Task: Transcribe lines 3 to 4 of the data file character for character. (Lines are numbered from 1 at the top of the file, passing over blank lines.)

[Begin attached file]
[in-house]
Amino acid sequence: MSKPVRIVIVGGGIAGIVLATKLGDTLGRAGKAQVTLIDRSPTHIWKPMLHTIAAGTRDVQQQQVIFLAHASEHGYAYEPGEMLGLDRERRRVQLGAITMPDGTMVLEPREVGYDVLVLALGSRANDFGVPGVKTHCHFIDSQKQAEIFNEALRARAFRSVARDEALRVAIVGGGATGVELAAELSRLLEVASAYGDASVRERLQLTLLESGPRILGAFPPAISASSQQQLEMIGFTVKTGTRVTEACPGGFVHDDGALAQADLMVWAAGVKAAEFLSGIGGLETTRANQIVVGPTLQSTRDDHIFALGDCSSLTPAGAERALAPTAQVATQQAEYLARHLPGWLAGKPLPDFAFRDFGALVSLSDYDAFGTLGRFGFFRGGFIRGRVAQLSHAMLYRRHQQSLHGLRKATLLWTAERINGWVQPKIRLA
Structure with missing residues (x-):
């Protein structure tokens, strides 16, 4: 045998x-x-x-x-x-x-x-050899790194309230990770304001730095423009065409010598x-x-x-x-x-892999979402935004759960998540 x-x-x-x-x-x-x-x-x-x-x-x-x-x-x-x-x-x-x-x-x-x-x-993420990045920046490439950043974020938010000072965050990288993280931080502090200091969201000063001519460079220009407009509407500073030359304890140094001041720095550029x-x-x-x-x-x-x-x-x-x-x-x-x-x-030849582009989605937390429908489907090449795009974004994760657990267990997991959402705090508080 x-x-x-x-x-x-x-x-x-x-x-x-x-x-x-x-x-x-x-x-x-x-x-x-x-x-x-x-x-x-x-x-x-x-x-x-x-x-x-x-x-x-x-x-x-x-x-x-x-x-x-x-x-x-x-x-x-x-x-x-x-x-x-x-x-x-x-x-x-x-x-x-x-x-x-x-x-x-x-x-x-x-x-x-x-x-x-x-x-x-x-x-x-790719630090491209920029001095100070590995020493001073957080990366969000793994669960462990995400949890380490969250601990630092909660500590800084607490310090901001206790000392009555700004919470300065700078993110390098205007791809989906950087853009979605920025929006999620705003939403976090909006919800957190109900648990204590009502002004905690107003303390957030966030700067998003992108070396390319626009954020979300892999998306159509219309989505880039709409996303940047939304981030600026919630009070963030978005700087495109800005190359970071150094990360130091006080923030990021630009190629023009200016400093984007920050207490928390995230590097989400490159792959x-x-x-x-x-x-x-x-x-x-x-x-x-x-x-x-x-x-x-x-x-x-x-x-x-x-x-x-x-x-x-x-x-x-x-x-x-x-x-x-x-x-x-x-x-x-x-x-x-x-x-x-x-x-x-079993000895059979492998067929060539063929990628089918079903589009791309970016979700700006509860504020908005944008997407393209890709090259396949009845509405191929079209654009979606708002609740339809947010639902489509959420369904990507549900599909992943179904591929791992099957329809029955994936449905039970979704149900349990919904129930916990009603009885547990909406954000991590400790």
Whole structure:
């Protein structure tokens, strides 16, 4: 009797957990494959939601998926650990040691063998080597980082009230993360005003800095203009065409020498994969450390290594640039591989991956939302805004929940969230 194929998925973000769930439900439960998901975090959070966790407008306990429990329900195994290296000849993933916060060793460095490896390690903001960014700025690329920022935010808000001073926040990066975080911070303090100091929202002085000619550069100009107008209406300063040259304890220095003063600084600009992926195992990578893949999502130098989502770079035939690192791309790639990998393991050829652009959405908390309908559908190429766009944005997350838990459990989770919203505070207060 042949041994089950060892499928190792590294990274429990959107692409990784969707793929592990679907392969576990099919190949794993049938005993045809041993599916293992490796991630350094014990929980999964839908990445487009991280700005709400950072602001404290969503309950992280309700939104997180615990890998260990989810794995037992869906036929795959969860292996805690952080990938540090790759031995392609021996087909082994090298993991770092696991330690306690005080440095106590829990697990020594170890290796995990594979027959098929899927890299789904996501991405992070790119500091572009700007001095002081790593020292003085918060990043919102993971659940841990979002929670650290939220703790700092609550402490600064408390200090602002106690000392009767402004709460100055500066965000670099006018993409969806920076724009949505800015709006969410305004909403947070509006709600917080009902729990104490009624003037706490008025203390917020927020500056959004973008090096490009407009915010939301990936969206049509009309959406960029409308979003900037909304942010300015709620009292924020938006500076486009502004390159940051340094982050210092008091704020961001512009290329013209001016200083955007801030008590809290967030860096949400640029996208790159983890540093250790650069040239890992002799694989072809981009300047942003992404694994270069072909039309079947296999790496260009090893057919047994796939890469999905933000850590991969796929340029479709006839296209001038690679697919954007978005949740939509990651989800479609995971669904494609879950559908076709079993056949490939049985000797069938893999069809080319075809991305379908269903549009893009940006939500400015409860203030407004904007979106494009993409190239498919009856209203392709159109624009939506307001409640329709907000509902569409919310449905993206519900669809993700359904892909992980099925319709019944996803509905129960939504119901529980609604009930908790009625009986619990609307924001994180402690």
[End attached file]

Structure with missing residues (x-):
């Protein structure tokens, strides 16, 4: 045998x-x-x-x-x-x-x-050899790194309230990770304001730095423009065409010598x-x-x-x-x-892999979402935004759960998540 x-x-x-x-x-x-x-x-x-x-x-x-x-x-x-x-x-x-x-x-x-x-x-993420990045920046490439950043974020938010000072965050990288993280931080502090200091969201000063001519460079220009407009509407500073030359304890140094001041720095550029x-x-x-x-x-x-x-x-x-x-x-x-x-x-030849582009989605937390429908489907090449795009974004994760657990267990997991959402705090508080 x-x-x-x-x-x-x-x-x-x-x-x-x-x-x-x-x-x-x-x-x-x-x-x-x-x-x-x-x-x-x-x-x-x-x-x-x-x-x-x-x-x-x-x-x-x-x-x-x-x-x-x-x-x-x-x-x-x-x-x-x-x-x-x-x-x-x-x-x-x-x-x-x-x-x-x-x-x-x-x-x-x-x-x-x-x-x-x-x-x-x-x-x-790719630090491209920029001095100070590995020493001073957080990366969000793994669960462990995400949890380490969250601990630092909660500590800084607490310090901001206790000392009555700004919470300065700078993110390098205007791809989906950087853009979605920025929006999620705003939403976090909006919800957190109900648990204590009502002004905690107003303390957030966030700067998003992108070396390319626009954020979300892999998306159509219309989505880039709409996303940047939304981030600026919630009070963030978005700087495109800005190359970071150094990360130091006080923030990021630009190629023009200016400093984007920050207490928390995230590097989400490159792959x-x-x-x-x-x-x-x-x-x-x-x-x-x-x-x-x-x-x-x-x-x-x-x-x-x-x-x-x-x-x-x-x-x-x-x-x-x-x-x-x-x-x-x-x-x-x-x-x-x-x-x-x-x-x-079993000895059979492998067929060539063929990628089918079903589009791309970016979700700006509860504020908005944008997407393209890709090259396949009845509405191929079209654009979606708002609740339809947010639902489509959420369904990507549900599909992943179904591929791992099957329809029955994936449905039970979704149900349990919904129930916990009603009885547990909406954000991590400790």